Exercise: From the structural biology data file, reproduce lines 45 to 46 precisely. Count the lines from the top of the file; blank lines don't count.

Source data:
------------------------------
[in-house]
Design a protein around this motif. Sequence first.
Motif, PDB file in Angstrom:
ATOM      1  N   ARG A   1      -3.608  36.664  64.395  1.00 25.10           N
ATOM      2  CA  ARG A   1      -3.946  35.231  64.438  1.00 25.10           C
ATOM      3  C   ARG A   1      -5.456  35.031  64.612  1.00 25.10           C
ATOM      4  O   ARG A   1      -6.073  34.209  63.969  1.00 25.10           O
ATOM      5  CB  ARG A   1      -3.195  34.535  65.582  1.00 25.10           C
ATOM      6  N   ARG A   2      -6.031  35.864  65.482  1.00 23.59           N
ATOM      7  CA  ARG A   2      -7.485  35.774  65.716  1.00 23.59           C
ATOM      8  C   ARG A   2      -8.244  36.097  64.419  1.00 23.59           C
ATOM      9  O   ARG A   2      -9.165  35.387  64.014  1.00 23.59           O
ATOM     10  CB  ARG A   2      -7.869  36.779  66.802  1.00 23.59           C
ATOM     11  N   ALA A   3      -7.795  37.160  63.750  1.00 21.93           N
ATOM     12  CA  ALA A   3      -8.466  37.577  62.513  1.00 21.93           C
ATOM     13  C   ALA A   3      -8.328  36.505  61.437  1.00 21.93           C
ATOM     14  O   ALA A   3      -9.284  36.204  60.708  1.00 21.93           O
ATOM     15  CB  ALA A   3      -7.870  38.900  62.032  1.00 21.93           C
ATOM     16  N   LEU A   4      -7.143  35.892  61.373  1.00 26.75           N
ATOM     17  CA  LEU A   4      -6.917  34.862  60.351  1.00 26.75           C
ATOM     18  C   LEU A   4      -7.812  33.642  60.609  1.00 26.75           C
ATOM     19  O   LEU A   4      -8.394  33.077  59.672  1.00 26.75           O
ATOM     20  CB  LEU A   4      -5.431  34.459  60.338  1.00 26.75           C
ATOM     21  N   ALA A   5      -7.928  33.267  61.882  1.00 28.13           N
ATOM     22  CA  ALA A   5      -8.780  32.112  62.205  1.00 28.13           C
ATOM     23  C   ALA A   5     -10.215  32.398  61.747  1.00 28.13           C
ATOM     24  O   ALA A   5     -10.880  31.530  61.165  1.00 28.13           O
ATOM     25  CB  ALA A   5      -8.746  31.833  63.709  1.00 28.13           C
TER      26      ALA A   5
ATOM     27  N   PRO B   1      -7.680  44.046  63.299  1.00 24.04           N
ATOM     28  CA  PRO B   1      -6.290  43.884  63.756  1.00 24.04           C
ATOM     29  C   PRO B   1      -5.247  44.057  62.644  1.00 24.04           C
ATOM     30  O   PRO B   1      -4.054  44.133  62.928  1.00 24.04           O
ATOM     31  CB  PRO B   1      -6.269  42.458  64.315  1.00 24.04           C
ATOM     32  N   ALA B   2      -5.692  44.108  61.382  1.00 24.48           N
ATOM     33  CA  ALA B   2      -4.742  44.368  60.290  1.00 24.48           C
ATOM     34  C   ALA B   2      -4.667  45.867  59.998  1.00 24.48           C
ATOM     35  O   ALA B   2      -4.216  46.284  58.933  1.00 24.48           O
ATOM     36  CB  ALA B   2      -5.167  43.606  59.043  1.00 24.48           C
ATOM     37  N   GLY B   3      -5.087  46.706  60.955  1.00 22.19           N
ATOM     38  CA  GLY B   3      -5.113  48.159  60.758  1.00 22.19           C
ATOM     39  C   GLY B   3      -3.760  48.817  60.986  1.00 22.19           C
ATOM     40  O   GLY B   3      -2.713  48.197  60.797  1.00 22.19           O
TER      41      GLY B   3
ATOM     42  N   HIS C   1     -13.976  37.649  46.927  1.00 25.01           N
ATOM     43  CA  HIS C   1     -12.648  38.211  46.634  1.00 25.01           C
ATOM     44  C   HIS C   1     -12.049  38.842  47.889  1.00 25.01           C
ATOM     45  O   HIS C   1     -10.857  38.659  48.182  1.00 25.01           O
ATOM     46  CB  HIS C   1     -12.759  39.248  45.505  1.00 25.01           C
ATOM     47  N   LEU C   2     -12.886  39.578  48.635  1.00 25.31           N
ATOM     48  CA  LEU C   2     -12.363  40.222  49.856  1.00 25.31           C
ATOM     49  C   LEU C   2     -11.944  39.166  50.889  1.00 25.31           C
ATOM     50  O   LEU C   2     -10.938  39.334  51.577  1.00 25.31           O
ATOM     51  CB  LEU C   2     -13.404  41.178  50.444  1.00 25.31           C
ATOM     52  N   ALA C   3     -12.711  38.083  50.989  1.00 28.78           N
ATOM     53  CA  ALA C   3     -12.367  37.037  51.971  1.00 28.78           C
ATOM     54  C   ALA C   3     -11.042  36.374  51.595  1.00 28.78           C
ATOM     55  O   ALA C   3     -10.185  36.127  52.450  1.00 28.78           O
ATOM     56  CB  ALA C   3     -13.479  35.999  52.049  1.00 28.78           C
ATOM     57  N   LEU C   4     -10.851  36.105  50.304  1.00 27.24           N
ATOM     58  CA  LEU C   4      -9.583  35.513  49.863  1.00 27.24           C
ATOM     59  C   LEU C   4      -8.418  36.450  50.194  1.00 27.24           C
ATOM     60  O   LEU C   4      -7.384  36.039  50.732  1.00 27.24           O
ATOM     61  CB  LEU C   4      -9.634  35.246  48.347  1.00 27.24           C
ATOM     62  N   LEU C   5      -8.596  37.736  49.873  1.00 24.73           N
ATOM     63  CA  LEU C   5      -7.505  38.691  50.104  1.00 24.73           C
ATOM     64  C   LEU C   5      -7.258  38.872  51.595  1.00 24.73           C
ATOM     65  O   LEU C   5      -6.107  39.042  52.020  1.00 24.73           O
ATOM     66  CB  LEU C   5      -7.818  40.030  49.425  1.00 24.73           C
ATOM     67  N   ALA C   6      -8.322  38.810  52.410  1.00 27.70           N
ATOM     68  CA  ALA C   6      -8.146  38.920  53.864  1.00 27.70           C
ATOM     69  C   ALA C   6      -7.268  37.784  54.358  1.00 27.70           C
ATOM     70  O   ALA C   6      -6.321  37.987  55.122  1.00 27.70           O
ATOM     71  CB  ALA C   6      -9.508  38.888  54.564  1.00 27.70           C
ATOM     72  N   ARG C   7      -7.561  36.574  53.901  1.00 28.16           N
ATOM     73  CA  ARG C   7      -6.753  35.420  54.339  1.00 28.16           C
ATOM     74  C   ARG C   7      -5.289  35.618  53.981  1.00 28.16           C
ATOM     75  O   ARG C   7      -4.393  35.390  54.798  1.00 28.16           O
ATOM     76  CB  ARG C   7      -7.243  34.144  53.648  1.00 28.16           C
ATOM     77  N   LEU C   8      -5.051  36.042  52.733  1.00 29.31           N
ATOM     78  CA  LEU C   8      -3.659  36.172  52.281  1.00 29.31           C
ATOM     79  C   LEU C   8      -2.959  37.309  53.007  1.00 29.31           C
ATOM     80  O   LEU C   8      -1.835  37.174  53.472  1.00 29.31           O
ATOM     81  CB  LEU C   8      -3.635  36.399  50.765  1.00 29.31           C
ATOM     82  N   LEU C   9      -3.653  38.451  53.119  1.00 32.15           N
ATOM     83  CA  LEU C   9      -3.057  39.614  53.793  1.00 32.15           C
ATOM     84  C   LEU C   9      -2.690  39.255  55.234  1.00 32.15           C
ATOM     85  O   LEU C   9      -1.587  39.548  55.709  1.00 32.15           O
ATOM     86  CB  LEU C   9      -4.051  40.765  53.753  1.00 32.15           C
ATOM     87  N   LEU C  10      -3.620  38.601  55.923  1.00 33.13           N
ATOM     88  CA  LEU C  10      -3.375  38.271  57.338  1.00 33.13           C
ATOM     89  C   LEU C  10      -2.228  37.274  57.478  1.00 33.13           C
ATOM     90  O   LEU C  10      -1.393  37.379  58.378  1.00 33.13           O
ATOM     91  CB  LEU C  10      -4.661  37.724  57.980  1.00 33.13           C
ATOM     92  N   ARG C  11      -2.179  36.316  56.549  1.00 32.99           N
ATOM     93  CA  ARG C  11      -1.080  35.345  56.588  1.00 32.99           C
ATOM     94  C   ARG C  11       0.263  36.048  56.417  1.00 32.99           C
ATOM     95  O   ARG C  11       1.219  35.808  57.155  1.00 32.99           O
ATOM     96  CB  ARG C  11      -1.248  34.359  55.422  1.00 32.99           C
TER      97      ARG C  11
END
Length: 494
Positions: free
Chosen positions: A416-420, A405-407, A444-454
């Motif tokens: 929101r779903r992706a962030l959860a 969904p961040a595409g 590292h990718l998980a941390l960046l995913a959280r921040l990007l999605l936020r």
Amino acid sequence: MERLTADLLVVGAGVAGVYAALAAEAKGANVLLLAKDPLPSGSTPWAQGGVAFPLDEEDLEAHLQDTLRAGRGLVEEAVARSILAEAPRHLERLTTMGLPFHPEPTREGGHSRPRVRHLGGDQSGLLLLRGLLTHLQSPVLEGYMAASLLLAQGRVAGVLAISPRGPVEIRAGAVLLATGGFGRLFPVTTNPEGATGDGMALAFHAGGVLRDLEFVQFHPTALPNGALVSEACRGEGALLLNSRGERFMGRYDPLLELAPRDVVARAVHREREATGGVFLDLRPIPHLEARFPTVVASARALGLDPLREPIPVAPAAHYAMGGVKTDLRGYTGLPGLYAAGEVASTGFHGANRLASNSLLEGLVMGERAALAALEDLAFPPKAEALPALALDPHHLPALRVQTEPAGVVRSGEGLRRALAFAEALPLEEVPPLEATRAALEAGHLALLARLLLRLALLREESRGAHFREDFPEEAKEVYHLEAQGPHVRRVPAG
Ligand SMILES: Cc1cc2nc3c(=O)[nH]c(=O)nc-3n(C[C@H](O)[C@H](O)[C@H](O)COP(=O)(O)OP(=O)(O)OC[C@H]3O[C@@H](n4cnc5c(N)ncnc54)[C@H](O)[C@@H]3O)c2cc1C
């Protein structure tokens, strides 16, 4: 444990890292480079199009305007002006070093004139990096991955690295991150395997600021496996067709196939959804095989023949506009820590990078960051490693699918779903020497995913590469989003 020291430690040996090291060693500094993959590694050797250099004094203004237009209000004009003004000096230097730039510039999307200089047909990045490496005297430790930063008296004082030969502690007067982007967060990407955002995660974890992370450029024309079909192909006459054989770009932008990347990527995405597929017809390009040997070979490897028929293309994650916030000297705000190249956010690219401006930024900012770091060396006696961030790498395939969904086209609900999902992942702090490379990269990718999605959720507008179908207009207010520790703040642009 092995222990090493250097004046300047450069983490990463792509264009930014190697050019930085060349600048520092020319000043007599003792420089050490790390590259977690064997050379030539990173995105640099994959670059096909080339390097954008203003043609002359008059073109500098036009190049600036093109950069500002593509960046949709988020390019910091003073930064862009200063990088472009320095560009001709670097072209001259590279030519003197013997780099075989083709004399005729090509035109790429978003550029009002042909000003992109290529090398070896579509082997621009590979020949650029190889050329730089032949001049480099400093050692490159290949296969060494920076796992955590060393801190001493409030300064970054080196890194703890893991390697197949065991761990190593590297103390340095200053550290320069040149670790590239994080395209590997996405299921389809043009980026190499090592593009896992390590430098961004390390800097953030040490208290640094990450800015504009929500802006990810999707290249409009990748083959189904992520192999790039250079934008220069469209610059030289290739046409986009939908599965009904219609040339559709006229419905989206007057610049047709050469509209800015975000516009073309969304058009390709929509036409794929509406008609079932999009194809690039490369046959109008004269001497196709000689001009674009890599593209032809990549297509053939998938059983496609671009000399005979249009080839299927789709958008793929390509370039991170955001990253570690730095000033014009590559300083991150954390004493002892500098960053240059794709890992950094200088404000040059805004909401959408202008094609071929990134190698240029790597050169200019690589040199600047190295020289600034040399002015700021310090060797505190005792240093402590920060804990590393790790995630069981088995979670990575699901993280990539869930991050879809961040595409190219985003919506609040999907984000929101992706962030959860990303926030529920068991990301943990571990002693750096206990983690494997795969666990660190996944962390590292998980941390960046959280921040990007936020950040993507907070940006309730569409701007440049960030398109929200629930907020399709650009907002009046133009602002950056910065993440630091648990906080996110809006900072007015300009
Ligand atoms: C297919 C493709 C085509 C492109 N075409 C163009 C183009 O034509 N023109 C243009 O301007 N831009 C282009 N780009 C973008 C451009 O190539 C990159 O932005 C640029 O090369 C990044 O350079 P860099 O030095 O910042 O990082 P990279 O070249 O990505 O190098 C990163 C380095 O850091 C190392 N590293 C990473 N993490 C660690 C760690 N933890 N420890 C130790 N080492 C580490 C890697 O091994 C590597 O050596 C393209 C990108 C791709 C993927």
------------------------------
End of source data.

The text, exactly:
ATOM     42  N   HIS C   1     -13.976  37.649  46.927  1.00 25.01           N
ATOM     43  CA  HIS C   1     -12.648  38.211  46.634  1.00 25.01           C